Critic's Notebook

Character actors take center stage on TV in 2014

Mary McNamara
Contact ReporterLos Angeles Times Television Critic
TV series in 2014 gave character actors many chances to show they have the right stuff in many good roles

As we approach a new year, television is a tangle of trends: Networks began "unbundling" their streaming services from their television channels. New (and old) platforms broke ground with scripted series — "Transparent" put Amazon in the Emmy's race and "Outlander" gave Starz a big hit.

Comedies like "You're the Worst," "Broad City" and "black-ish" took on experimental tones and tactics. The CW got surprisingly hot with "The Flash" and "Jane the Virgin," while transgender characters became almost as common as the newly resurrected miniseries.

Underlying it all, however, is the most satisfying and continuing development of them all: the rise of the character actor.

"Brooklyn Nine-Nine" finally made Andre Braugher a big star, "The Walking Dead's" Norman Reedus continues to be a god, and Ann Dowd of HBO's "The Leftovers" got more critical shout-outs last year than most headliners. Newcomer Allison Tolman blew everyone away in "Fargo," as did industry stalwart Jeffrey Tambor in "Transparent," and even the ubiquitous Zeljko Ivanek got a steady gig in "Madam Secretary."

Ten years ago, I wrote a piece about how tough it was for character actors to find work. This was particularly the case in television, where, at the time, reality shows ruled and most scripted series were procedurals, which burned through noncast performers on a one-and-done basis. The piece centered on Michael O'Neill, an actor fine and brave, who despite good reviews and years in the business was finding it hard to make a living.

This year, O"Neill co-starred in SundanceTV's small but amazing "Rectify" and CBS' big summer sci-fi series "Extant."

And he wasn't the only double dipper, not by a long shot. Many performers are making their mark concurrently in cable and broadcast. Chris Messina co-stars in "The Mindy Project" and HBO's "The Newsroom" (two years ago, "Damages" was part of the list as well), Dean Norris ripped up the screen in AMC's "Breaking Bad" and CBS' "Under The Dome," and James Wolk appeared in "Mad Men" and "The Crazy Ones."

The beloved but too often narratively neglected Margo Martindale starred in FX's critical darling "The Americans" and the broad comedy "The Millers." She was joined there by Beau Bridges, who also has a breakout role in "Masters of Sex" (though his character did not appear often enough this season), in which he is married to Allison Janney's character, also too AWOL this season, presumably because she too was co-starring in "Mom."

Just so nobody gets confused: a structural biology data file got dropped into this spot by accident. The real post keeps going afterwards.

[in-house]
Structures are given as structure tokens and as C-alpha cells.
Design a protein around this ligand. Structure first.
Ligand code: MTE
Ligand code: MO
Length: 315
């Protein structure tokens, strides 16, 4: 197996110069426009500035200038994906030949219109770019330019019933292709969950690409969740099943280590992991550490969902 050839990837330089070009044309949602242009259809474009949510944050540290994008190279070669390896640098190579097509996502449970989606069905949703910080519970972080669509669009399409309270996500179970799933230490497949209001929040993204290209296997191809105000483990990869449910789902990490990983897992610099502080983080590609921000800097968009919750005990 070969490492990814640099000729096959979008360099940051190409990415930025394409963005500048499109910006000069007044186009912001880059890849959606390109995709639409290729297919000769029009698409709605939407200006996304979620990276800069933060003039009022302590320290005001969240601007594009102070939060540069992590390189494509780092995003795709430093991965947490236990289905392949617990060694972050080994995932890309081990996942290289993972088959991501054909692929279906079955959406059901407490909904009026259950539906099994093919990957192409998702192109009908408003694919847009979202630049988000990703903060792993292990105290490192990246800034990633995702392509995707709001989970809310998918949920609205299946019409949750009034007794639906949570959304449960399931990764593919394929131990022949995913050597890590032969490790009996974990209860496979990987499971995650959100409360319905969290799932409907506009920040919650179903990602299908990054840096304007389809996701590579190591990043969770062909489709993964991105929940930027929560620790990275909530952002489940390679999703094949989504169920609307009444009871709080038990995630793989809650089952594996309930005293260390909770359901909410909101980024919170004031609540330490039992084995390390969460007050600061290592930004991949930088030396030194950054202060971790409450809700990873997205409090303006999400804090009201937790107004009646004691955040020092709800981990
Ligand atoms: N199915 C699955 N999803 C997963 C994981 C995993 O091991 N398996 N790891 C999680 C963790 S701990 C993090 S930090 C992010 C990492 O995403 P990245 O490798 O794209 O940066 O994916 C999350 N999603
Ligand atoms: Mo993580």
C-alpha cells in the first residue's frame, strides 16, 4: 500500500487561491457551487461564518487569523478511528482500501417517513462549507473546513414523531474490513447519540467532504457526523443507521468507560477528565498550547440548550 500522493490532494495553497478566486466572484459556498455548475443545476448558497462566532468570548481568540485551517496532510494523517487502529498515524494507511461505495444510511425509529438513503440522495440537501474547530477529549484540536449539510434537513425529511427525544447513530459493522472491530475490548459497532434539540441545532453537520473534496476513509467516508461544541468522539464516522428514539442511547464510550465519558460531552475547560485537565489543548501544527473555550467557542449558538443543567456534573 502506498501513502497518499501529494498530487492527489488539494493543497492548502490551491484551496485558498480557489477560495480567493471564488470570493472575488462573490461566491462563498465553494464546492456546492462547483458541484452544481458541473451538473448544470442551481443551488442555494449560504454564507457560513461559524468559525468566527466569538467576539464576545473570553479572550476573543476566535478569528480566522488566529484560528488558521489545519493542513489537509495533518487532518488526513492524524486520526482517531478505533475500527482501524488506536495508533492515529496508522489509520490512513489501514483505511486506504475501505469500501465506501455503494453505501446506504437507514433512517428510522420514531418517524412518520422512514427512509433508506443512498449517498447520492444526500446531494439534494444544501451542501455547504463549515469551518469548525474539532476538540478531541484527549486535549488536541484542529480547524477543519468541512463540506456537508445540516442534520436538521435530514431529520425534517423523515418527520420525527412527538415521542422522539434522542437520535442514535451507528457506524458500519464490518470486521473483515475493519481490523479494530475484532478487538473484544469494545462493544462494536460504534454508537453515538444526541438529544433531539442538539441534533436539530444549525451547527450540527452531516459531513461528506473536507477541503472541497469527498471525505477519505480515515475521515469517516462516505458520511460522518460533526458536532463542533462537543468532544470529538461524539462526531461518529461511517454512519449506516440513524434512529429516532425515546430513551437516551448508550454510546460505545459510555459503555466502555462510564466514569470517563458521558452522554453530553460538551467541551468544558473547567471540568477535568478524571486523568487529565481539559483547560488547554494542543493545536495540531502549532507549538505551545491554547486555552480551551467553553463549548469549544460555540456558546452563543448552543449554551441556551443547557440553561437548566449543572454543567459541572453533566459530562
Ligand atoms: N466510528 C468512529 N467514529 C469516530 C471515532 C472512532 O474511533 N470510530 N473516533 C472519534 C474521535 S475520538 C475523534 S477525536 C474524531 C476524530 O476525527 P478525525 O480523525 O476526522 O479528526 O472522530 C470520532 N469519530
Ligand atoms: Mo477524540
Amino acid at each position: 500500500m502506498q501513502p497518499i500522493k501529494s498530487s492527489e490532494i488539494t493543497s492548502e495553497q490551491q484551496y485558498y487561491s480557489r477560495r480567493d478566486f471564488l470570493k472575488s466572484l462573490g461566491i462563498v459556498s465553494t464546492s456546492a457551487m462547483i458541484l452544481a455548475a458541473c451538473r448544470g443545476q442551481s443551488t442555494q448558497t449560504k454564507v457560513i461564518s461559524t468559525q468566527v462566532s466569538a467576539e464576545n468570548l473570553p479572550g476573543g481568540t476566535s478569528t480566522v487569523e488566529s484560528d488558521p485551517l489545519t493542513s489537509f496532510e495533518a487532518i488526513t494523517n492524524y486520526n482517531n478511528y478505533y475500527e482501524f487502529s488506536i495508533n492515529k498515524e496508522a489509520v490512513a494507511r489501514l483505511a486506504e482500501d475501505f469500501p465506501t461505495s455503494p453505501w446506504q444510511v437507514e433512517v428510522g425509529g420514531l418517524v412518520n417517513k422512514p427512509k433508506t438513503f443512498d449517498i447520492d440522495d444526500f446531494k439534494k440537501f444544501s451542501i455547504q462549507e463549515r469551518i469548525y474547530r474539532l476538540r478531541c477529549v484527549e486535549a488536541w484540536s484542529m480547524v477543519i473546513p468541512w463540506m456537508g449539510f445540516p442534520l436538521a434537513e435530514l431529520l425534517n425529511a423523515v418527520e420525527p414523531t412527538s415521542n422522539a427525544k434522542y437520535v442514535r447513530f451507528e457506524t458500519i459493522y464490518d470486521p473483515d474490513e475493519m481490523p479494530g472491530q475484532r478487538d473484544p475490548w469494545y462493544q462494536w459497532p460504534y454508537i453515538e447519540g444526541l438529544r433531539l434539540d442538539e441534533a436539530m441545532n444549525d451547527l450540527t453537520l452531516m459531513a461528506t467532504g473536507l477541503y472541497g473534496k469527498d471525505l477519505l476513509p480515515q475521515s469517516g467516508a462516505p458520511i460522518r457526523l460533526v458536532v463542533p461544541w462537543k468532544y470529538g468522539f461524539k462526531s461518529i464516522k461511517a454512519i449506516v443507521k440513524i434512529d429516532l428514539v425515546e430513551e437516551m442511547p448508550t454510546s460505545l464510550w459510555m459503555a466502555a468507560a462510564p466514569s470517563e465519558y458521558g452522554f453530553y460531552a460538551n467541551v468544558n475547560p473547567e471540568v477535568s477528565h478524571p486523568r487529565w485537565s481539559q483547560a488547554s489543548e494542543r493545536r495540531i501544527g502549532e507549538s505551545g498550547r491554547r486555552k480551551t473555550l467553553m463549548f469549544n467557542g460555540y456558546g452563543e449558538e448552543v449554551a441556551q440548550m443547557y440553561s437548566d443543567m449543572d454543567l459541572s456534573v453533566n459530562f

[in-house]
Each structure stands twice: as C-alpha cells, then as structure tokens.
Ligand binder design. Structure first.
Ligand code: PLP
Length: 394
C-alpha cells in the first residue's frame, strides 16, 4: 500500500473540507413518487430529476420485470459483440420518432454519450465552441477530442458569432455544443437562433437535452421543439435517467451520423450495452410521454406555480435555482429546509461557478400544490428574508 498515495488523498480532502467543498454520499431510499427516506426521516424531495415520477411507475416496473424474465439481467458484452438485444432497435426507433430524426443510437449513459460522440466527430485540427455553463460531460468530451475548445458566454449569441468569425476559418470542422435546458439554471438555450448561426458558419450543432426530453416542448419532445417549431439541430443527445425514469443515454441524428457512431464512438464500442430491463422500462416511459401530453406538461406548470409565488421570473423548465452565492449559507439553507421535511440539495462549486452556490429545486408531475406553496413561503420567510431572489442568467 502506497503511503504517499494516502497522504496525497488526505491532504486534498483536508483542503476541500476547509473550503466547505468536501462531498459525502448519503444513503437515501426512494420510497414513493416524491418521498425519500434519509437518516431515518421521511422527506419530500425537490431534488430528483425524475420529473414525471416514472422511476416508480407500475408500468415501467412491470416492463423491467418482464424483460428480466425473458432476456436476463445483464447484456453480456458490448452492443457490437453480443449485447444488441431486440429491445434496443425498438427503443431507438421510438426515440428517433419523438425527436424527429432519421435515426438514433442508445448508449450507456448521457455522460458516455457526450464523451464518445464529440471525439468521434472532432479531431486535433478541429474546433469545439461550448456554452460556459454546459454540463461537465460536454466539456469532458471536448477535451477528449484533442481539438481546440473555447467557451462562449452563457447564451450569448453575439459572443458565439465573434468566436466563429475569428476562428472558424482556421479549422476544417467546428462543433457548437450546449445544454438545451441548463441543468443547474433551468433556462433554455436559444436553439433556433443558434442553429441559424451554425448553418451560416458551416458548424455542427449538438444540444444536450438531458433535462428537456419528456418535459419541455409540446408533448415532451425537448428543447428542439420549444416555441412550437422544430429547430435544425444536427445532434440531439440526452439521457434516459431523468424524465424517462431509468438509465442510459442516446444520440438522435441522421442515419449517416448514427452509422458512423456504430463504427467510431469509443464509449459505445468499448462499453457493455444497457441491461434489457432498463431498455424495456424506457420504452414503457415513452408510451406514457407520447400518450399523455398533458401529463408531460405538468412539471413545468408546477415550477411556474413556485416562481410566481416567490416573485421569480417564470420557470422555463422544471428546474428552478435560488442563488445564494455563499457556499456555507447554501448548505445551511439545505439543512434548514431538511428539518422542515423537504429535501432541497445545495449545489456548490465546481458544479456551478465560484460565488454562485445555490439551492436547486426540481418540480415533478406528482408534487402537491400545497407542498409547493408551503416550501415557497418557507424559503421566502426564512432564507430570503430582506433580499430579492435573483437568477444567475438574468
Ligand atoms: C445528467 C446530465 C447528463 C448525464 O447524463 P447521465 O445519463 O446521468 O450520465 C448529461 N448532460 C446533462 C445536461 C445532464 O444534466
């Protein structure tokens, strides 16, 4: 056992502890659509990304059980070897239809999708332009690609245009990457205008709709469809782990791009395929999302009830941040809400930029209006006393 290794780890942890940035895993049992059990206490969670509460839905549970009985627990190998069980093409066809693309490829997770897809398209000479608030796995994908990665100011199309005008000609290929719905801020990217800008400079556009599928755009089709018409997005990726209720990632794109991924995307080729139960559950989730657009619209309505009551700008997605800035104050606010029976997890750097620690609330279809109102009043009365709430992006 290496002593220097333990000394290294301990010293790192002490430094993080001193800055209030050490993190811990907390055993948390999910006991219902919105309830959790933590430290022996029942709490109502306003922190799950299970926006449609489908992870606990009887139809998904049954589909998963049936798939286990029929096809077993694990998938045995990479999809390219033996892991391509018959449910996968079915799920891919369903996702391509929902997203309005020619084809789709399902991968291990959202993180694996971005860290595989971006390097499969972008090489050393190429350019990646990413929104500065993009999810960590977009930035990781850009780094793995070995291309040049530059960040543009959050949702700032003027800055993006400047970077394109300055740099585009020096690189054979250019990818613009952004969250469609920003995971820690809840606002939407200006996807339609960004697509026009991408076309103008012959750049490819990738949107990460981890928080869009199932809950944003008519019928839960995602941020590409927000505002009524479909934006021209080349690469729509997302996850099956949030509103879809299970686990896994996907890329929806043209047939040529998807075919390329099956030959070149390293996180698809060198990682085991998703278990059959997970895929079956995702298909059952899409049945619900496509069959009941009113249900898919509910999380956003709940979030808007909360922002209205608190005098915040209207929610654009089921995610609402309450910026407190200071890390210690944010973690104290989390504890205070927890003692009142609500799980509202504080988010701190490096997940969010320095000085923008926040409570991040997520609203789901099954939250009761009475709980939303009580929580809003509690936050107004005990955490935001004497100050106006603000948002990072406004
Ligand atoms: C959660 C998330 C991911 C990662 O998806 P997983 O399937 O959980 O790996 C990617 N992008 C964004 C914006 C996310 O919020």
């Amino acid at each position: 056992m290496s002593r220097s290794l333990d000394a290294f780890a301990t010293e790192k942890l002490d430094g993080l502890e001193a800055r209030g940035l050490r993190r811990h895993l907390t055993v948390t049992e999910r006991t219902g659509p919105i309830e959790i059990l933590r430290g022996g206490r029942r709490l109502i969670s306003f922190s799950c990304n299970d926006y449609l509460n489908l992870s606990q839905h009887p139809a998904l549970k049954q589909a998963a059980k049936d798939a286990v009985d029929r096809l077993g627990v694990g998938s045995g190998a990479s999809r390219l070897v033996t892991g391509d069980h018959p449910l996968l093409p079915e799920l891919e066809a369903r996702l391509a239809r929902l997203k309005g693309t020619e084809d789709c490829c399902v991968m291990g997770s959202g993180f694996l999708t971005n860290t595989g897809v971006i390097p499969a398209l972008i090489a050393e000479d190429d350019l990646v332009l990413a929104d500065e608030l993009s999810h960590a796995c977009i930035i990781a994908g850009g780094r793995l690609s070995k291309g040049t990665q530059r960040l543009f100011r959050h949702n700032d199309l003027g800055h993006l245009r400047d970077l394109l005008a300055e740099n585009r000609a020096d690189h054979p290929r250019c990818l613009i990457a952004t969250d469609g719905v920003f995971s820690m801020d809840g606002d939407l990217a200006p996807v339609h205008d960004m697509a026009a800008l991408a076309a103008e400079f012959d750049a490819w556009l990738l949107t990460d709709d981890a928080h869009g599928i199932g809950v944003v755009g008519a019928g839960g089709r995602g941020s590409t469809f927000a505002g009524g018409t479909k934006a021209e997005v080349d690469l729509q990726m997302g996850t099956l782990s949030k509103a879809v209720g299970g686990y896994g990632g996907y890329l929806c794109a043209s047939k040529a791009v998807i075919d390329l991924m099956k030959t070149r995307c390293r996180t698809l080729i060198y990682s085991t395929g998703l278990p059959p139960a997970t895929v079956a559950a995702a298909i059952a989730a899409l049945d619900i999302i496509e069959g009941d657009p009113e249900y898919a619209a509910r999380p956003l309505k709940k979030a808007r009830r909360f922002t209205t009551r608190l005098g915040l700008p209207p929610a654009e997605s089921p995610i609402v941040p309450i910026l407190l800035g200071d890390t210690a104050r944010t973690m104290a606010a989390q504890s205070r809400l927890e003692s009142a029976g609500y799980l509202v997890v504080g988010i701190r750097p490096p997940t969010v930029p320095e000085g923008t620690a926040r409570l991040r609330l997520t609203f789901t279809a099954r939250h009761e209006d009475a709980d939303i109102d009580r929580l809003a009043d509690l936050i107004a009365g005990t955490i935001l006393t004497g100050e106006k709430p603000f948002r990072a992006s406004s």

This year, Janney won two Emmys, one for a comedy, one for a drama, making her this year's patron saint of character actors.

Aside from audiences, no one has benefited more from television's age of expansion and exploration than the thousands of wonderful performers who, for whatever reason, never quite fit into television's often ridiculously narrow, appearance-focused and financially cautious definition of leading men and women. Boiled down to simple math, more television means more roles.

But it's more than that. The increasing artisanal quality of television also demands a level of craft that cannot be expected from the latest cavalcade of hot young things.

Beginning with "The Sopranos," most premium series, be it "Breaking Bad," "Fargo," "Game of Thrones," or "Orange Is the New Black" have been lauded for the sort of scene-specific performances that rely on brilliance from the main and supporting cast. Period dramas like "Mad Men," "Boardwalk Empire," "Hatfields and McCoys," "The Americans," "Masters of Sex," "American Horror Story" and "Downton Abbey" leaned even more heavily on character actors, with their ability to transcend time.

The rise of sci-fi fantasy, comic book-based and otherwise, also requires a high level of nuanced performance; it takes a lot of emotional resonance and character believability to sell a story set in an alternative universe.

In other words, as the writing and general creation of television have gotten better, the roles have become not just more numerous but more demanding, which means that talent and ability are now just as, and perhaps even more, desirable as youth, good looks and even a big name.

There were many breakout performances like Tolman's and Dowd's this year, and many bit stars, like "The Honorable Woman's" Maggie Gyllenhaal and "Olive Kitteridge's" Frances McDormand, we hope to see again.

But many of the new faces to watch for in 2015 are in fact familiar faces, finally getting the screen time they deserve.

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